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A few simple switching structures, formed by either two capacitors and two-three diodes (C-switching), or two inductors and two-three diodes (L-switching) are proposed. These structures can be of two types: ldquostep-downrdquo and ldquostep-up.rdquo These blocks are inserted in classical converters: buck, boost, buck-boost, Cuk, Zeta, Sepic. The ldquostep-downrdquo C- or L-switching structures can be combined with the buck, buck-boost, Cuk, Zeta, Sepic converters in order to get a step-down function. When the active switch of the converter is on, the inductors in the L-switching blocks are charged in series or the capacitors in the C-switching blocks are discharged in parallel. When the active switch is off, the inductors in the L-switching blocks are discharged in parallel or the capacitors in the C-switching blocks are charged in series. The ldquostep-uprdquo C- or L-switching structures are combined with the boost, buck-boost, Cuk, Zeta, Sepic converters, to get a step-up function. The steady-state analysis of the new hybrid converters allows for determing their DC line-to-output voltage ratio. The gain formula shows that the hybrid converters are able to reduce/increase the line voltage more times than the original, classical converters. The proposed hybrid converters contain the same number of elements as the quadratic converters. Their performances (DC gain, voltage and current stresses on the active switch and diodes, currents through the inductors) are compared to those of the available quadratic converters. The superiority of the new, hybrid converters is mainly based on less energy in the magnetic field, leading to saving in the size and cost of the inductors, and less current stresses in the switching elements, leading to smaller conduction losses. Experimental results confirm the theoretical analysis.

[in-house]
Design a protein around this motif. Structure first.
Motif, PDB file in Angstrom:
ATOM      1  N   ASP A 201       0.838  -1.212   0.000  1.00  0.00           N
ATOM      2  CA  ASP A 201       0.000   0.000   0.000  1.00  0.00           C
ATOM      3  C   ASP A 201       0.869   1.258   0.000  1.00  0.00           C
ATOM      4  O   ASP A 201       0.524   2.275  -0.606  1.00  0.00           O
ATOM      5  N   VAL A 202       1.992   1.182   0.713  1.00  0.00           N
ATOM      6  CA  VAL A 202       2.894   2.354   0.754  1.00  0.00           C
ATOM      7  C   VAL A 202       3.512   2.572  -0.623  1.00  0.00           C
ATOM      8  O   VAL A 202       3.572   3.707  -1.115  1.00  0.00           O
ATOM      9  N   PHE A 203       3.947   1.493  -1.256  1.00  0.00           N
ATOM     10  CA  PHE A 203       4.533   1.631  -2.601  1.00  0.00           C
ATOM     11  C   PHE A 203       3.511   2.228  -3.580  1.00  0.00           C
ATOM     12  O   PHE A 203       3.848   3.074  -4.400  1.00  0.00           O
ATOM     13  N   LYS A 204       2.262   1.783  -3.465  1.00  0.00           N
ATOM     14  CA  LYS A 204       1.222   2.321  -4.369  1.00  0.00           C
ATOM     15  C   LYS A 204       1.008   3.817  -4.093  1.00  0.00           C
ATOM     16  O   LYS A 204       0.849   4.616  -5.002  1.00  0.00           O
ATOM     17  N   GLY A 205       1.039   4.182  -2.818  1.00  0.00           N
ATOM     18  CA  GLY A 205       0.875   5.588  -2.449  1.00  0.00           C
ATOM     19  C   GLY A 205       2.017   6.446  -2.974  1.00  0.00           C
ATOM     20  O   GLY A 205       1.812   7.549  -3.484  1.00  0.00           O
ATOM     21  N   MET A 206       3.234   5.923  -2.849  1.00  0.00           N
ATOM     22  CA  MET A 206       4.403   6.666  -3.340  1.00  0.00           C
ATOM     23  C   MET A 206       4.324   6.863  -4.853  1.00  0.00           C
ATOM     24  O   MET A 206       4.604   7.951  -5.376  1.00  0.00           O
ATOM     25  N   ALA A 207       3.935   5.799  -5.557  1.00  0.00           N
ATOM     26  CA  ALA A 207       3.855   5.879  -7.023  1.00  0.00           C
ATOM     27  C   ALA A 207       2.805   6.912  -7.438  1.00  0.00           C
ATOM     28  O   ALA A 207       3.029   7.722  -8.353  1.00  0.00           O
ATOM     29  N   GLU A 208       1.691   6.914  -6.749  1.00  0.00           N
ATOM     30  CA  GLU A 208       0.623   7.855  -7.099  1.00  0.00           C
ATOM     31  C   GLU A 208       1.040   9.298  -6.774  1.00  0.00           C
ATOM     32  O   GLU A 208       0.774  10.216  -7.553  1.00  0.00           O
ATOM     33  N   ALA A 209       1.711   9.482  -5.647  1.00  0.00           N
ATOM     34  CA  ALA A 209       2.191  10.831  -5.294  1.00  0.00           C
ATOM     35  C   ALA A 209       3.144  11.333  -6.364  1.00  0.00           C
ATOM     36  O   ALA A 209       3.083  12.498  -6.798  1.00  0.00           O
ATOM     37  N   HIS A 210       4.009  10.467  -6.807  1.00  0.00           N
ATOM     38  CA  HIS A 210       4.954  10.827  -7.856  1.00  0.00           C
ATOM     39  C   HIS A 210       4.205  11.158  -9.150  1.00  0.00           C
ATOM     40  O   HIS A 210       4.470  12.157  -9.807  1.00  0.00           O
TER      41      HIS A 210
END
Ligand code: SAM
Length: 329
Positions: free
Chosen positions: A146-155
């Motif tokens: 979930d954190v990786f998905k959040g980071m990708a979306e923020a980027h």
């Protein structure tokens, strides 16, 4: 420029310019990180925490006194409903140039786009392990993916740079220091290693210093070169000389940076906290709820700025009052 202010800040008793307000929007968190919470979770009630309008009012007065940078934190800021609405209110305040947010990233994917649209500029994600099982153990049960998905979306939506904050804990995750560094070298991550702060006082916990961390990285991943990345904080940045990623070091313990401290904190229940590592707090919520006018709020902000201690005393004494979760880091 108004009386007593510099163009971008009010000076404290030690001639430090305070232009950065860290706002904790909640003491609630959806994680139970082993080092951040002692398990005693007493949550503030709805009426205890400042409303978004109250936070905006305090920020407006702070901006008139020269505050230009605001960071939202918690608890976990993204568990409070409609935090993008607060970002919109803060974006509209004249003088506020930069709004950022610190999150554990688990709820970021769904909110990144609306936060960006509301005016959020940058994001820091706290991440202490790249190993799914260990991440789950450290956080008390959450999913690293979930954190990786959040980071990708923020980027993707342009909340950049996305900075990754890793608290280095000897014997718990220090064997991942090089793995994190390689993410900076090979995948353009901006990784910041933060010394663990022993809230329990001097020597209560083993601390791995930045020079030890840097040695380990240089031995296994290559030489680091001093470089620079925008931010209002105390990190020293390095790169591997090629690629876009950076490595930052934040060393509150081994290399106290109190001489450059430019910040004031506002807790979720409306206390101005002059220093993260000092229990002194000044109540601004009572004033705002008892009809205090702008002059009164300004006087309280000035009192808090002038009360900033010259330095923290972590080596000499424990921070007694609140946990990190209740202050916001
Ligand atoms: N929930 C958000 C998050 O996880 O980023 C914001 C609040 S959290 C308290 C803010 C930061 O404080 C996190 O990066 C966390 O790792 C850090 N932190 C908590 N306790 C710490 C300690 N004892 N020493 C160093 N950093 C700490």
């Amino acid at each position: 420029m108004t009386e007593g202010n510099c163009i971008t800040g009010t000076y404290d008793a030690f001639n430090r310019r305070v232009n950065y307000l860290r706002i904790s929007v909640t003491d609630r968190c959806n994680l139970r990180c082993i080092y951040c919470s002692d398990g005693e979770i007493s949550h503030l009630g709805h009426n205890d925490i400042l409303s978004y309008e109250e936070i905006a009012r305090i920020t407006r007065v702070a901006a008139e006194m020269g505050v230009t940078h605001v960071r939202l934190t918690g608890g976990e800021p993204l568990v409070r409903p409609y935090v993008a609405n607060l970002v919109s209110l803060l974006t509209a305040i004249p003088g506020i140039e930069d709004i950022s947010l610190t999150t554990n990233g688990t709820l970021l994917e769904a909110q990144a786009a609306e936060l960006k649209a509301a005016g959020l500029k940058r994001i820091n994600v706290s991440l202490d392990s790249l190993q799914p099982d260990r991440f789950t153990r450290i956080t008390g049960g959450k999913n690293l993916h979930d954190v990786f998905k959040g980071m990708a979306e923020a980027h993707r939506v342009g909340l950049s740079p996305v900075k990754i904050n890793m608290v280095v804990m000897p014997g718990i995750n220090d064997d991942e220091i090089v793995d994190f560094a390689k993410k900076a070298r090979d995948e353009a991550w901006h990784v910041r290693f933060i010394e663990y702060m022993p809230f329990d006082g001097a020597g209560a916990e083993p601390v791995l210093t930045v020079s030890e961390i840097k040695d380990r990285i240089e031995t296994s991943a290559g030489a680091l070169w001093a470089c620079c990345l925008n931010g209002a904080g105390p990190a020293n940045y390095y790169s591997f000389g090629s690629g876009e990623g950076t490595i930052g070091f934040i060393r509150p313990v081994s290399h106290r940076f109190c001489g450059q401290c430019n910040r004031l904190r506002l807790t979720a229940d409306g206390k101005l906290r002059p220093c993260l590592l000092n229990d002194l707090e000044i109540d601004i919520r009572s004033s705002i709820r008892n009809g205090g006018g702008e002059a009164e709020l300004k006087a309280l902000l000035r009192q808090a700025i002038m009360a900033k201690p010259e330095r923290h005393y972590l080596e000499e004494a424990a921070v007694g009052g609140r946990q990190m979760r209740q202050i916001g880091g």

Circuits and Systems I: Regular Papers, IEEE Transactions on (Volume:55 , Issue: 2 )
Date of Publication: March 2008